Like a jukebox of stories

Words by Reinwardt Academy

Like a jukebox of stories

Like a jukebox of stories: we present you the Living Archive

On the occasion of the CENTRINNO Consortium Meeting in Copenhagen on 23-25 May, we are pleased to open to the public our Living Archive, the newest CENTRINNO resource, on top of the already released Cartography and Fab City Hub Toolkit resources. Check it out here:

But what is the Living Archive?

This webspace brings together many stories collected by nine Fab City Hub teams from all over Europe. The collection has been carefully assembled by these teams who have been learning about, co-creating and applying participatory heritage-making approaches, emotion networking methodology, oral history principles and creative perspective-taking.


Heritage making as a potential

The CENTRINNO project builds from and researches the potential of heritage to act as a catalyst for transforming urban society to be more circular and more inclusive. The point of departure for this are nine former industrial sites, and their heritage. But what is heritage?

Really. Ask yourself. What is heritage? To define it exactly might miss the point, given that almost anything could be heritage: landscapes, buildings, tools, traditions, artworks, waste, materials, and so on. It can be useful to think of heritage from its Latin etymological roots, as what is inherited from the past. Whether positively or negatively understood, whether claimed or marked as something that should denote a break from the past, BY REFERRING TO THE PAST, PEOPLE MAKE sense of their present and future.

Heritage is a concept, applied on both institutional and grass-roots levels to elements of the past that are confronted with rapid change, loss, and alienation, and as such always involves conflicting interests and emotions. Heritage is made, whether consciously or unconsciously, through preservation, attention, care, and remembering – or a lack thereof.


Connecting with and from a place

Heritage responds to a rapidly-changing world, therefore suggesting the question: what should be safeguarded as heritage, in the urgent era of climate change and growing socioeconomic inequality? This question is relevant in all nine pilot sites and beyond. Places which are known for their role in industrial production in previous centuries.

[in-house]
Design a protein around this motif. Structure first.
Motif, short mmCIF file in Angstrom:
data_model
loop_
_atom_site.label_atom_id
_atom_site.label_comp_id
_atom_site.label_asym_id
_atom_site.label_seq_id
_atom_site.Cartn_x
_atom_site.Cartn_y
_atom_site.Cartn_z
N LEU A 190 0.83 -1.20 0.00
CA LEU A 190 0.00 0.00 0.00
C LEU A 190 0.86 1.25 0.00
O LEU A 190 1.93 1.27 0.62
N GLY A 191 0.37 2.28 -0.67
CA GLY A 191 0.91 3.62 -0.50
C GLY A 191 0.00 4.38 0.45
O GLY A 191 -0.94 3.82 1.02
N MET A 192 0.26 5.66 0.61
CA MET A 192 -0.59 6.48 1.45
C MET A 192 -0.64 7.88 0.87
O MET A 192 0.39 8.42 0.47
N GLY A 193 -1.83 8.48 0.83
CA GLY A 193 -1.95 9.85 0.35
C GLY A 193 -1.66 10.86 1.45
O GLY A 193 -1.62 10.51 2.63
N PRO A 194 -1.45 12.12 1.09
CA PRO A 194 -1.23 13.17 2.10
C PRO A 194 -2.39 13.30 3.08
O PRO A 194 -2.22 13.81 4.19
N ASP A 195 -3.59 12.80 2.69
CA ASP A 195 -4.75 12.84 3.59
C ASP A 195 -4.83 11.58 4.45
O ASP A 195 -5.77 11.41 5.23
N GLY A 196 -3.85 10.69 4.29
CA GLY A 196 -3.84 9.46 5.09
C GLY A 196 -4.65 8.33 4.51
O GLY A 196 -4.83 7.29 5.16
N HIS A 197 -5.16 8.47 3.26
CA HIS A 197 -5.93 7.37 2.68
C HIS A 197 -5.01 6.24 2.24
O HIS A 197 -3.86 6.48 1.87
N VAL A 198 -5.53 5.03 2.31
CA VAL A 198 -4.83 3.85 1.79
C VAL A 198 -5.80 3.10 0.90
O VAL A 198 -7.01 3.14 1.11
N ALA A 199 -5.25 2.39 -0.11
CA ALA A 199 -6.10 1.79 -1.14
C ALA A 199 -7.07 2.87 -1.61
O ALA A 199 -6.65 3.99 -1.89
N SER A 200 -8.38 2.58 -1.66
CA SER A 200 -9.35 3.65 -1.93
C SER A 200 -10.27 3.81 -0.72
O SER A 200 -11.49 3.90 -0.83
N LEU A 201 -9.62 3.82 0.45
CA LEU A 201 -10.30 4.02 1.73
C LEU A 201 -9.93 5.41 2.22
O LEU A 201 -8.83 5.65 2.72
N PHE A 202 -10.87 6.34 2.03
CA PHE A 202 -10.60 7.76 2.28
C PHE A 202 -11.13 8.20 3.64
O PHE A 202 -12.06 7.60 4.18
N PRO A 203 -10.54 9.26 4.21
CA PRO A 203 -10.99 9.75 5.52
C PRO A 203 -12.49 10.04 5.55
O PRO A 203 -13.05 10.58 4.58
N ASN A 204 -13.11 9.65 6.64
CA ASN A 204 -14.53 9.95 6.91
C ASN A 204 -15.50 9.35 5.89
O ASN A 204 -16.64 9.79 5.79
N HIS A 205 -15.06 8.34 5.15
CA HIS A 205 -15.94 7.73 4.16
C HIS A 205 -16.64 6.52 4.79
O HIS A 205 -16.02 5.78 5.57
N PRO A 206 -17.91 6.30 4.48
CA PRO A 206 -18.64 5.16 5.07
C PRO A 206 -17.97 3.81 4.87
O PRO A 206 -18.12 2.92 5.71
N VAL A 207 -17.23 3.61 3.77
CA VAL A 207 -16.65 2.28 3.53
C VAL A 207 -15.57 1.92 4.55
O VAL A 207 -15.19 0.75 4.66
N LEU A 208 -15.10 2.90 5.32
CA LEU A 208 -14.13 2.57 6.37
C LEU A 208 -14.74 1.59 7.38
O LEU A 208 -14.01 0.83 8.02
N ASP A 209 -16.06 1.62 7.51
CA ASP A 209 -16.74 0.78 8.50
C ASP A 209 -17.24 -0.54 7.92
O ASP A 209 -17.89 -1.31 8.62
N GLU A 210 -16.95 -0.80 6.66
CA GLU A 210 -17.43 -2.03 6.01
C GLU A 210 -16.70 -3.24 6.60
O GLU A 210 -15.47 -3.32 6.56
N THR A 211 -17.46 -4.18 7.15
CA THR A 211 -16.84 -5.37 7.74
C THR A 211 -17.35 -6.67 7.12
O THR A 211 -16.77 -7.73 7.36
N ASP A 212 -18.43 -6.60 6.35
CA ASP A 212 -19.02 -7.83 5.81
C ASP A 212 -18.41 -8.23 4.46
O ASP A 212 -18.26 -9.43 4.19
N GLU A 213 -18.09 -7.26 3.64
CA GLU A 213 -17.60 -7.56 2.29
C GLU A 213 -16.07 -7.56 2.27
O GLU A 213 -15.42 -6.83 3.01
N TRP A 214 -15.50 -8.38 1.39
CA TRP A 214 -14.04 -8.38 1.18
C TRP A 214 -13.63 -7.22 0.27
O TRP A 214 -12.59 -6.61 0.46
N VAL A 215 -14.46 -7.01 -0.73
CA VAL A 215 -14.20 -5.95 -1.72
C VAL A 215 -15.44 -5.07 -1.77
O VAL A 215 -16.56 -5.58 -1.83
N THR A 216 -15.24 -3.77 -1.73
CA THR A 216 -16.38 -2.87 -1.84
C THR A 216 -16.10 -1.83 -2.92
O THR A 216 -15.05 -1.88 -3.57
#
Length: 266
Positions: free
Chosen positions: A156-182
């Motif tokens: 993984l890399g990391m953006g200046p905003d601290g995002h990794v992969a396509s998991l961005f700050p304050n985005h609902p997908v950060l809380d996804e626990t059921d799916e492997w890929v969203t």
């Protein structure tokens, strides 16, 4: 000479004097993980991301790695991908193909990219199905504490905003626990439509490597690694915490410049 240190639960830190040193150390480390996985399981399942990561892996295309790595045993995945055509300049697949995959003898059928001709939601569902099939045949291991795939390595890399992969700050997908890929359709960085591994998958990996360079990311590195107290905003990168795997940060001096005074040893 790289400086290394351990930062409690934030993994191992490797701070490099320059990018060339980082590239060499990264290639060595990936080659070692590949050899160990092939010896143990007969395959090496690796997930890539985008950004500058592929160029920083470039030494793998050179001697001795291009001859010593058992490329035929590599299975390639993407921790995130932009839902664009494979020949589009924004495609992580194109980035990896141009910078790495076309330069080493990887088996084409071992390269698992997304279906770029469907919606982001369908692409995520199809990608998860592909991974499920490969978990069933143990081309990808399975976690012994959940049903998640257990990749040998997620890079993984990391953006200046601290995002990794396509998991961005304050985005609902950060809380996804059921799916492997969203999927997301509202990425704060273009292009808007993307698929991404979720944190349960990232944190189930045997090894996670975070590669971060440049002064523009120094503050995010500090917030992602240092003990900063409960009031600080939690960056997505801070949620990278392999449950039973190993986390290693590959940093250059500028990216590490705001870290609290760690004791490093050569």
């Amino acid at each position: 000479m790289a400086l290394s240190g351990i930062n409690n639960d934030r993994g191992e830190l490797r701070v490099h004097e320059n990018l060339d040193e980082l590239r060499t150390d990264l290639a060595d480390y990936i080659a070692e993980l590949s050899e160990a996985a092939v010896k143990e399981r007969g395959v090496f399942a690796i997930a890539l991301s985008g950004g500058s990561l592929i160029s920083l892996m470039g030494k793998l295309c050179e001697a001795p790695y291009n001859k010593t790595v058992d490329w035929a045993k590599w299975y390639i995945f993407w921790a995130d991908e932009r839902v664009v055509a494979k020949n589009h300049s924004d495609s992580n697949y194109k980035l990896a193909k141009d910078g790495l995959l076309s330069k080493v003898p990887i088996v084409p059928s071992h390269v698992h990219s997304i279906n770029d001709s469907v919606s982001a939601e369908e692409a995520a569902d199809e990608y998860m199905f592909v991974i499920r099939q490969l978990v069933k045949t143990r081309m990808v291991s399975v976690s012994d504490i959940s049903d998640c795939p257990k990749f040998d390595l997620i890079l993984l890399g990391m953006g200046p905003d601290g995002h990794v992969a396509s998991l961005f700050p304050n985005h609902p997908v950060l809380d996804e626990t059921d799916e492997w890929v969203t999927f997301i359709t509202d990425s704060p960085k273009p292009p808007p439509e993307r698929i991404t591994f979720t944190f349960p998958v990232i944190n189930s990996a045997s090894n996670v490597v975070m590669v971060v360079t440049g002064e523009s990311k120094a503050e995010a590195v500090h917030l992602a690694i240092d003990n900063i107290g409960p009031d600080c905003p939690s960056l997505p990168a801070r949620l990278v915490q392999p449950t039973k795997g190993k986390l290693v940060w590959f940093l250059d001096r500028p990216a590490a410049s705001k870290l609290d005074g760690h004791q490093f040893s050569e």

We seek the stories that comprise the lived reality of these sites, but which have not always been given equal weight, having been overlooked, unheard, unseen. Perhaps these can help us understand what heritage is and does today.


Whose story?

Living Archive Network


Our Living Archive encompasses a growing number of stories from the nine pilot sites of CENTRINNO.  Some of these delve into the sites’ histories, where others bring in present-day perspectives. Some of these present an observation from a narrator point of view, while others present the voice of a non-human entity. All of the stories have been collected and curated locally. The Living Archive celebrates this approach as each story added is justified by the local teams. As such, the collection does not attempt to build a wide database of histories, but a focused and ‘living’ collection which is aligned to the local efforts of the nine pilot teams.

Do you have stories or memories related to these buildings that you want to share with us? What do you feel is missing? Help us build this alternative history of making.


Relationships. Technically speaking

The Living Archive design and development, conceptualised by the Reinwardt Academy Research Group and A++ (of web designer Alessandro Amato), is detailed in the Living Archive Beta version – D2.5.

Some key features of the chosen approach include:

  • Stories are curated following a critical heritage approach and applying participatory methodologies, including Emotion Networking.
  • Stories are conceived as a singular narrative each. To that end the project co-created a “one sentence summary” structure, to enable an easily identifiable structure underpinning each story.
  • Each of the segments of the one-sentence-summary structure then forms a category for a multitude of tags. Thus harnessing connectivity among the tories.
  • All stories together on the website, through the many tags, are put in one relational grid.

For example, take the story collected in Tallinn about Roland the Beekeeper. Though short in narrative, its many tags provide it a relational path to many other stories, either in relation to the making of a food, or the ecological values underpinning it.


Tallinn story: Roland the Beekeeper


Living is breathing

The now open Living Archive will in the rest of 2023 continue to collect and co-curate stories with the nine participating Fab City Hubs. Watch this space!


Reinwardt Academy